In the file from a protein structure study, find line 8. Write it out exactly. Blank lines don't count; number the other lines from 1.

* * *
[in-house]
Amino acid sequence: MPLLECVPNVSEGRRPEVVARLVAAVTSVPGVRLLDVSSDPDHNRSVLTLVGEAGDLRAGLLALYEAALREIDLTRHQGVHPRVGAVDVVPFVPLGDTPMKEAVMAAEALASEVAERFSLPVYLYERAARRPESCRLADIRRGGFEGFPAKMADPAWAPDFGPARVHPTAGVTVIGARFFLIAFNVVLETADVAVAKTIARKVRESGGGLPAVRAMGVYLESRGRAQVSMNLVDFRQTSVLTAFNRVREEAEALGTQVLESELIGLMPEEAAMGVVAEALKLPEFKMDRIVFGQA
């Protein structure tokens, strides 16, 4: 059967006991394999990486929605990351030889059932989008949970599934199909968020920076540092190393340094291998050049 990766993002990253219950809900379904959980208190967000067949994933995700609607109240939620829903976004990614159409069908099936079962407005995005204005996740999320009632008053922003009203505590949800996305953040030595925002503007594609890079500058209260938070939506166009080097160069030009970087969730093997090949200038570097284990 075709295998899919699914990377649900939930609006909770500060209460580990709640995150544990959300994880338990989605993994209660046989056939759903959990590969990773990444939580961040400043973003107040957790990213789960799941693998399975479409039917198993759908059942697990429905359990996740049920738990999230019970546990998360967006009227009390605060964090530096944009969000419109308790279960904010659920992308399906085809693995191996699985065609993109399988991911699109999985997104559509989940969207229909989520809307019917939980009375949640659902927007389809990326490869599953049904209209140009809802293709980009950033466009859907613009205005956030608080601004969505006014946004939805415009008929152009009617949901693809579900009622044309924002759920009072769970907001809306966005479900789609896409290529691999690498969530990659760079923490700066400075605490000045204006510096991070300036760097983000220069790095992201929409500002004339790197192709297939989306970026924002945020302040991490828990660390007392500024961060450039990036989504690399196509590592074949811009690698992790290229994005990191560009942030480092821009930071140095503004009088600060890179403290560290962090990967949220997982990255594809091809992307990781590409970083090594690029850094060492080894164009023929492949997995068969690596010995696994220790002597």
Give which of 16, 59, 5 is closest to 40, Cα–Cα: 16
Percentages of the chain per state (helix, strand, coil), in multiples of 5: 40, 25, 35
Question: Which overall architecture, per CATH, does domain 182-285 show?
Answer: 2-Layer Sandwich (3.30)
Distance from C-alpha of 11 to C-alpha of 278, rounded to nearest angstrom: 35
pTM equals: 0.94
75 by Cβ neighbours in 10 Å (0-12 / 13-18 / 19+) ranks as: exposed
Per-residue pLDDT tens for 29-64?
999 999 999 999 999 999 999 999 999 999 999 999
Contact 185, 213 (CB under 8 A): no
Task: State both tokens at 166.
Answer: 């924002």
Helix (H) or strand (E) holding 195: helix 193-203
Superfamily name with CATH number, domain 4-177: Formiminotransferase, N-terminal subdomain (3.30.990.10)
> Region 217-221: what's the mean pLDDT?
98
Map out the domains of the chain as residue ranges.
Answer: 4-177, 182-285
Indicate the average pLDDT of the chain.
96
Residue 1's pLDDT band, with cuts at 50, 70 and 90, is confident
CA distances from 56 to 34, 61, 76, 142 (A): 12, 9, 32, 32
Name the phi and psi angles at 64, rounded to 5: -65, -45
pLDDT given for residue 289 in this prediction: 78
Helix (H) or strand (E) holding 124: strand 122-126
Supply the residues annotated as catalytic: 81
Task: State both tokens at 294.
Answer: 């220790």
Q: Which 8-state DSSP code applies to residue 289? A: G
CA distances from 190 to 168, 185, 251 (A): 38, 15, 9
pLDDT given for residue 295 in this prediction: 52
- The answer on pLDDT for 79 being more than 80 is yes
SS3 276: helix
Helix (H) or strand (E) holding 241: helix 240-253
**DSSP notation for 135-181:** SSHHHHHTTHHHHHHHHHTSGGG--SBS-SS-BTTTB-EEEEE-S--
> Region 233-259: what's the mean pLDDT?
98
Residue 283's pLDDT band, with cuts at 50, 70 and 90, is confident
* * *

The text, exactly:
Distance from C-alpha of 11 to C-alpha of 278, rounded to nearest angstrom: 35